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Definitely Doug 10/18/19
Posted: 12/06/2019

Sustainable Innovation
 
Sustainability can yield multiple benefits to hotels. Saving energy and water yields direct cost savings. Revenue can be generated by guests who prefer to deal with businesses that minimize their environmental impact. And many would argue that conserving scarce resources is simply the right thing to do.

Definitely Doug 12/6/19
Posted: 12/06/2019

Meetings Innovation
 
The sale and delivery of groups and meetings is perhaps the most significant and under-automated functions for many hotels. Even though groups often account for 30% to 60% of revenue, most group bookings are still handled manually for most if not all of steps, as they move from a meeting planner’s research to a confirmed booking.

The biggest enemy to any system is complexity. In a system of inputs and outputs, such as an enterprise system, more complexity means more parts are used in interaction with inputs to create the outputs. Every part that must be built and maintained costs time and money

Tracking the evolution of key performance indicators (KPIs) over time allows hoteliers to identify meaningful trends, create forecasts and budgets and assess the results of different strategies. To perform this kind of analysis, data has to be recorded within consistent time intervals and in chronological order. This is known as a time series.

Definitely Doug 11/15/19
Posted: 11/15/2019

Every time I turn around these days, I see a new vendor or product promising something called a complete Guest Experience Management, Guest Journey Management, or Guest Engagement (or some variation on those words). This week I looked at some of the emerging products claiming to be in this space, both to try to better understand it, and to see what promising ideas it may hold.



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Mobile: Where do we go from here?

11/06/2013
by Greg Webb

As a father of three Generation Z’ers, I’m able to watch first-hand the impact mobile technology has on their life. If their smartphone, tablet or high-speed internet is unavailable, it’s downright catastrophic. Unfortunately I can’t say much, because I’m the same way. Look around the office, the mall, even schools…it’s apparent we are a mobile society with digital-connectivity engrained in our DNA.

This week, we announced the Sabre Red Mobile Workspace, an app that gives travel agents the ability to serve customers on the go. Travel professionals today need to serve their customers wherever they may be and whenever the customer needs support. Sabre Red Mobile Workspace is the answer for our customers who operate in our mobile-driven culture. But what about tomorrow? How will mobile technology change travel in the future?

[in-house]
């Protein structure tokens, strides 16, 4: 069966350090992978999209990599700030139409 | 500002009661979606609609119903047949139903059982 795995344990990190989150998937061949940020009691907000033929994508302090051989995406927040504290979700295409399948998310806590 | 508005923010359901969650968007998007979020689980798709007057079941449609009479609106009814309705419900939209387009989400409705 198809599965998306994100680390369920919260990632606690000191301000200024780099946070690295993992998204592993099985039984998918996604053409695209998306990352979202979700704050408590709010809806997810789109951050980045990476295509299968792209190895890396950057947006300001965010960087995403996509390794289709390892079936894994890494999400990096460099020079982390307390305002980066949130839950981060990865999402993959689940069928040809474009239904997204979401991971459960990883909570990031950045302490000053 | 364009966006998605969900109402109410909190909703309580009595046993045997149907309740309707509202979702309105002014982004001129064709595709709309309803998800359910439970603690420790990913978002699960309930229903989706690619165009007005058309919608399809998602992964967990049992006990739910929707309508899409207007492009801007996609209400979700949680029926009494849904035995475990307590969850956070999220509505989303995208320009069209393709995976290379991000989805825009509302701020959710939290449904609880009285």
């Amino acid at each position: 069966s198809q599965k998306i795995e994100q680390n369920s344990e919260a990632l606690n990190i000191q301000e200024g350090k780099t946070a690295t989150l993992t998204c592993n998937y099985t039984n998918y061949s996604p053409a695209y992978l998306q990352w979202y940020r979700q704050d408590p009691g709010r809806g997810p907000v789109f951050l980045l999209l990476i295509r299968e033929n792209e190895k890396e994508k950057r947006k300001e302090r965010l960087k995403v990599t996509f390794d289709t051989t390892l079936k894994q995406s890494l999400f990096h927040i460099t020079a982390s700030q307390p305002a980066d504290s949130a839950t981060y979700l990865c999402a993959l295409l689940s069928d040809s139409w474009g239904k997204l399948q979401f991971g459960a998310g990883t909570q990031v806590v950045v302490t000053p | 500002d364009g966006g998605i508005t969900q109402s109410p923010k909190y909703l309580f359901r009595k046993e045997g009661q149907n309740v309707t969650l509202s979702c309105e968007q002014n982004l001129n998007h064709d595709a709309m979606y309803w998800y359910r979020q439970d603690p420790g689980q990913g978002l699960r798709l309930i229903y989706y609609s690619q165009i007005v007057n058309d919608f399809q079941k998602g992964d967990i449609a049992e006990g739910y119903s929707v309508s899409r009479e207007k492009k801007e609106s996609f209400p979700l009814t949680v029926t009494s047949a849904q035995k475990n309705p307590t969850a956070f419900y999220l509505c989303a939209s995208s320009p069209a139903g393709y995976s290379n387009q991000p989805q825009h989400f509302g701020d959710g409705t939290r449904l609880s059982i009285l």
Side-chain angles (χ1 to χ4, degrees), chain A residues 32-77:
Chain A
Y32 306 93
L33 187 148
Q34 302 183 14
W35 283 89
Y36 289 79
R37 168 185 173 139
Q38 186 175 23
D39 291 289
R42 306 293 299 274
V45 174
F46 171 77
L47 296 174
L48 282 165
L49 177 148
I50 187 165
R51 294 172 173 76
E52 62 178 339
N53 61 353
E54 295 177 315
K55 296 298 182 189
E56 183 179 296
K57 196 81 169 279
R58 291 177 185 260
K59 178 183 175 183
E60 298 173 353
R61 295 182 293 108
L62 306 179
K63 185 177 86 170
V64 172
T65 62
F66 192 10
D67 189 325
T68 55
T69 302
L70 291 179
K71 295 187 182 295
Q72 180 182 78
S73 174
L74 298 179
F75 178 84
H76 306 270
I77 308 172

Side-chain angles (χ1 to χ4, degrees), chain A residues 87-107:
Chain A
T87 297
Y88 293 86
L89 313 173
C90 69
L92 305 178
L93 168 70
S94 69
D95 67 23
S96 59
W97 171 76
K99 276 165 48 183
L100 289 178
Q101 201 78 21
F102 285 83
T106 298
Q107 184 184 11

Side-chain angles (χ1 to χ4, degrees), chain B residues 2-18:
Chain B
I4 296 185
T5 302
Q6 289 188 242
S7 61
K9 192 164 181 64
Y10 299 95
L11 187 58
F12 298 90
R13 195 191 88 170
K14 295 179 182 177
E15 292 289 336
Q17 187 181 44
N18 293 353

From a general marketplace perspective, tablets are just the first stop on the path to mobile innovation. Over the next five-to-10 years, the lines between offline, online, mobile and social will blur and eventually disappear. With the launch of Google Glasses, we are already on our way toward “wearable technology.” In the future, a large portion of the population will embrace wearable computing, and that will have a dramatic impact on how we shop and buy goods and services.

Whether it’s a smart watch that reads your email, a belt buckle that lets you answer your phone, or interactive glasses that display an Internet search via a virtual screen…our “fashionable” accessories will become powerful mini-computers, networked with other devices and accessing content in different ways. We’re also already beginning to see new location and proximity-based services like Field Trip, an app that lets you explore a new city by alerting you when you’re approaching something interesting. These technological innovations, and others, are set to drastically alter a traveler’s experience, and ultimately the industry of travel.

Coupled with mobility, a key component of this future reality is big data and the industry’s ability to collect it, analyze it and use it to create a new, more personal travel experience. Sabre already handles an exorbitant amount of data which we affectionately refer to as “mega data.” And we are using that vast data to unlock fresh insights for our customers so they can do more to personalize their service and offerings for their customers.

Because ultimately, consumers want the shopping, buying, and travel experience to be about them and what they want – not what the masses want.

Thanks to the advances we’re seeing in mobility and data analytics, travel companies including suppliers and travel agencies will be able to give travelers the highly personal, largely frictionless travel experience they desire.

 Originally written on: www.sabre.com/newsroom/.

About The Author
Greg Webb
President
Sabre Travel Network


Greg Webb is President of Sabre Travel Network.

 
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